Saturday, July 2, 2022

Comments by Dougharvey

Showing 5 of 5 comments.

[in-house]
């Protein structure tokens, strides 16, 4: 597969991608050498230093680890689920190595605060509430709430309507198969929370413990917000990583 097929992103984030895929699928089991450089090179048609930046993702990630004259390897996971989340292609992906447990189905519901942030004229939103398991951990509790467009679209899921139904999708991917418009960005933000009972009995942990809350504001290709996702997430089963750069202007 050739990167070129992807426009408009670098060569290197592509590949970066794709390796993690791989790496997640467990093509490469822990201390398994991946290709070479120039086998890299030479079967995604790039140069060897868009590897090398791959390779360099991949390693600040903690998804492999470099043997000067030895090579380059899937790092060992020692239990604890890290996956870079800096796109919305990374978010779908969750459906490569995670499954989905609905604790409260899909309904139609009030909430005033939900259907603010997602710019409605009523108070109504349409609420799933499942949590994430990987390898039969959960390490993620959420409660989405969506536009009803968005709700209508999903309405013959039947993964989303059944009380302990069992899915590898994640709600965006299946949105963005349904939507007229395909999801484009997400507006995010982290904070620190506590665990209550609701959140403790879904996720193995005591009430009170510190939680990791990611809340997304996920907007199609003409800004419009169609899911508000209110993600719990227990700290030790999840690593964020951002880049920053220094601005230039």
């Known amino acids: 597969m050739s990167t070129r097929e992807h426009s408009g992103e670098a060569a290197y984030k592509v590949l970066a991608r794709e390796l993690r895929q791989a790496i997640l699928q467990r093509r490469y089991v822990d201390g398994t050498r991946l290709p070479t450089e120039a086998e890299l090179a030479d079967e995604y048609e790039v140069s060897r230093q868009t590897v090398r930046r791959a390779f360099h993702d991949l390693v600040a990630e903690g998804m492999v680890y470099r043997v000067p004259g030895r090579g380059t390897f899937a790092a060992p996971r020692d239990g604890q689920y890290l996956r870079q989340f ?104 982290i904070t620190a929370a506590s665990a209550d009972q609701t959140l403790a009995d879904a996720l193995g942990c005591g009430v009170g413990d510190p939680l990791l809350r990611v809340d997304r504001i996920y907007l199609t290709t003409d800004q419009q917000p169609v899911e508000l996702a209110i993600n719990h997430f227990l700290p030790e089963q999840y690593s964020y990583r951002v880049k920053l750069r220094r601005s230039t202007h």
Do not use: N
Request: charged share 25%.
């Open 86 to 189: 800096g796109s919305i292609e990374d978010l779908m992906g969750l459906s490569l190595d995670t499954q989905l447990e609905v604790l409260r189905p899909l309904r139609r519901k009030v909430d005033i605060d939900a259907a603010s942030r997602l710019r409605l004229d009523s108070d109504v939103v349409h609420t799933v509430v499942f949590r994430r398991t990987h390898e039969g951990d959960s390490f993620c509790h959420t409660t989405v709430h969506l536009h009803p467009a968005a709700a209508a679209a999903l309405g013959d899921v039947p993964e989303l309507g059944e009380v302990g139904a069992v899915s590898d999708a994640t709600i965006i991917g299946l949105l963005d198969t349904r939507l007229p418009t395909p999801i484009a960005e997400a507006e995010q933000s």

• by the way Doug Harvey ( for those that may not know) was a hockey player. He was a hall of famer defenseman that skated in the NHL for many years… i read a biography of Doug, once which discussed his emotional, cognitive challenges…. i admired his play so much, as i also played defense… but really i know little about him or HOF goaltender Terry Shawchuck. But certainly severe head trauma played a major factor in both their lives on and off the ice. we do know this, now. Harvey died only a week after his 65th birthday, and was interred in the Notre-Dame-des-Neiges Cemetery in Montreal. i agree with the author, we’ve normalized all this psychological language. but what does any of it mean? and what is the shadow side of this “ mental health” rhetoric and systems ? good questions, very good questions, imo. i also fear sometimes this publication overlooks some of the helpful advances in drugs and psychotherapy. but this is more of a question? another GD question. oh well, i think it was Sam Keen who said something about living in the question. Or maybe it was Rilke? in any case i’ve been re-reading Donald Kalsched’s great book on Trauma. And what struck me this time was the essential nature of the therapeutic dyad. How important, over and over it is to “ tame the fox” ( using Antoine de Saint-Exupéry, little prince)… it takes a tremendous effort to gain someone’s trust when they’ve been severely abused. and this “ trust “ runs both ways. what we now partially refer to as transference and counter transference. which kalsched and others have experienced ( which is also my experience) as having a psychosocial/ spiritual dimension. which clearly, is beyond the scope of “mad in American” and most mainstream psychology. but it is partly through stories, myths and biographies that we live into the answers. these again are some of my discursive thoughts after listening to this interview, which i thought overall was quite good. i thought the young Professor interviewing was engaging, as well.